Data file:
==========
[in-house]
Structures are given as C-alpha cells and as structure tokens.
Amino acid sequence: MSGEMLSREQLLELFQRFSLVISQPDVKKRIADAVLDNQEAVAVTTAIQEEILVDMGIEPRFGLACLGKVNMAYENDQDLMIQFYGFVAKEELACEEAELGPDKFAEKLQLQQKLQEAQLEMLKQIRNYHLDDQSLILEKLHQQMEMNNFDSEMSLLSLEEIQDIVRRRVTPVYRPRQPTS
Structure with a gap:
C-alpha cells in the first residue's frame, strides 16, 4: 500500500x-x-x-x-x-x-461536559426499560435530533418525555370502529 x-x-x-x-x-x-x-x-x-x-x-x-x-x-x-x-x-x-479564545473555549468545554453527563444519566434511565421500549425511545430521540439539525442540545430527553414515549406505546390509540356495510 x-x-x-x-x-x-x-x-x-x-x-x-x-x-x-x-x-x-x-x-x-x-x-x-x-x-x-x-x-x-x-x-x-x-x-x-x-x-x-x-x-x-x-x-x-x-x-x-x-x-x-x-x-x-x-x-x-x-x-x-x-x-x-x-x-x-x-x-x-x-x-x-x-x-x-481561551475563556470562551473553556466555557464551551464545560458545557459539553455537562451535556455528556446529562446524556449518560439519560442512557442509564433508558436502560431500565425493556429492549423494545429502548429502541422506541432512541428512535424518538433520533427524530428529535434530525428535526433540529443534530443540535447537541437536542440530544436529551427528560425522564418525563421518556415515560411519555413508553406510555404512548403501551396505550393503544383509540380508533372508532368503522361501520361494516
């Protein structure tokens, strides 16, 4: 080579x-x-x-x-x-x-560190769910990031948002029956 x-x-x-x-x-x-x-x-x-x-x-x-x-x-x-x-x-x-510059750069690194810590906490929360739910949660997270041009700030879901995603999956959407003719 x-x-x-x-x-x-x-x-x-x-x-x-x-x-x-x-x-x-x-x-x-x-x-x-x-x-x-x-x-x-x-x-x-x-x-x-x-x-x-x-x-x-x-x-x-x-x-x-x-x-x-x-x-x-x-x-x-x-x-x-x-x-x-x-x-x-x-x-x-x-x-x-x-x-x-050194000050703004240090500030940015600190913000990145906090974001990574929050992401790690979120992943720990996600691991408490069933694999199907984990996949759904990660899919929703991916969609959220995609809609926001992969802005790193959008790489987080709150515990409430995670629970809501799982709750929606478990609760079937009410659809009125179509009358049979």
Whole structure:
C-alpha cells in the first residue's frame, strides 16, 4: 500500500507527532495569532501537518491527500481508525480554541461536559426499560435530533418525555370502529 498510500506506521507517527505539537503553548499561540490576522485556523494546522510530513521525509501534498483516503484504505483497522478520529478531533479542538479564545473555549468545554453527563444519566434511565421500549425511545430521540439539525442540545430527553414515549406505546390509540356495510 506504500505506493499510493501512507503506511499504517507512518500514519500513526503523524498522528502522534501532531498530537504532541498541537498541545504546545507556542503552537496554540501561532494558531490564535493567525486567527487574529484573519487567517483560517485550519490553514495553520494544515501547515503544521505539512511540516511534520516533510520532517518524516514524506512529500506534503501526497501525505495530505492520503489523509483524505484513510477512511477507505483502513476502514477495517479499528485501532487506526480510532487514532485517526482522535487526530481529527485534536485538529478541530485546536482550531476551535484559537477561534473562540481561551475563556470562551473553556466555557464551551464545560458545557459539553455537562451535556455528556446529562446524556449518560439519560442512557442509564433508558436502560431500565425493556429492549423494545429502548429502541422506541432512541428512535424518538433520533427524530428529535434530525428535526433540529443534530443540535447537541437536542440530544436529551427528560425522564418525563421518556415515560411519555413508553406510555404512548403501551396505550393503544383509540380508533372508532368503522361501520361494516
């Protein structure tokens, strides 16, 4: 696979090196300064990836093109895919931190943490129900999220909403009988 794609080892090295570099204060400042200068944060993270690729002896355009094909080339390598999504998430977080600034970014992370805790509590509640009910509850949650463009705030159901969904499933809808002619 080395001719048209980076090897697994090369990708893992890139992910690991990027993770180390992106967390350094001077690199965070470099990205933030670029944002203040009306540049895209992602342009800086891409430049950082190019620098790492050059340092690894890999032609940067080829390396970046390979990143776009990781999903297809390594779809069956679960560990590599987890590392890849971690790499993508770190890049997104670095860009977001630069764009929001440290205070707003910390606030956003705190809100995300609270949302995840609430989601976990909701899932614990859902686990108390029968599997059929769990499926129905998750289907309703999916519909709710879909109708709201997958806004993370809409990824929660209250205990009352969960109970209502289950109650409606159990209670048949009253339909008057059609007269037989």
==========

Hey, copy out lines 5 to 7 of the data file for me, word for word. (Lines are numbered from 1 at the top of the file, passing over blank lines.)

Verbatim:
C-alpha cells in the first residue's frame, strides 16, 4: 500500500x-x-x-x-x-x-461536559426499560435530533418525555370502529 x-x-x-x-x-x-x-x-x-x-x-x-x-x-x-x-x-x-479564545473555549468545554453527563444519566434511565421500549425511545430521540439539525442540545430527553414515549406505546390509540356495510 x-x-x-x-x-x-x-x-x-x-x-x-x-x-x-x-x-x-x-x-x-x-x-x-x-x-x-x-x-x-x-x-x-x-x-x-x-x-x-x-x-x-x-x-x-x-x-x-x-x-x-x-x-x-x-x-x-x-x-x-x-x-x-x-x-x-x-x-x-x-x-x-x-x-x-481561551475563556470562551473553556466555557464551551464545560458545557459539553455537562451535556455528556446529562446524556449518560439519560442512557442509564433508558436502560431500565425493556429492549423494545429502548429502541422506541432512541428512535424518538433520533427524530428529535434530525428535526433540529443534530443540535447537541437536542440530544436529551427528560425522564418525563421518556415515560411519555413508553406510555404512548403501551396505550393503544383509540380508533372508532368503522361501520361494516
């Protein structure tokens, strides 16, 4: 080579x-x-x-x-x-x-560190769910990031948002029956 x-x-x-x-x-x-x-x-x-x-x-x-x-x-x-x-x-x-510059750069690194810590906490929360739910949660997270041009700030879901995603999956959407003719 x-x-x-x-x-x-x-x-x-x-x-x-x-x-x-x-x-x-x-x-x-x-x-x-x-x-x-x-x-x-x-x-x-x-x-x-x-x-x-x-x-x-x-x-x-x-x-x-x-x-x-x-x-x-x-x-x-x-x-x-x-x-x-x-x-x-x-x-x-x-x-x-x-x-x-050194000050703004240090500030940015600190913000990145906090974001990574929050992401790690979120992943720990996600691991408490069933694999199907984990996949759904990660899919929703991916969609959220995609809609926001992969802005790193959008790489987080709150515990409430995670629970809501799982709750929606478990609760079937009410659809009125179509009358049979």
Whole structure: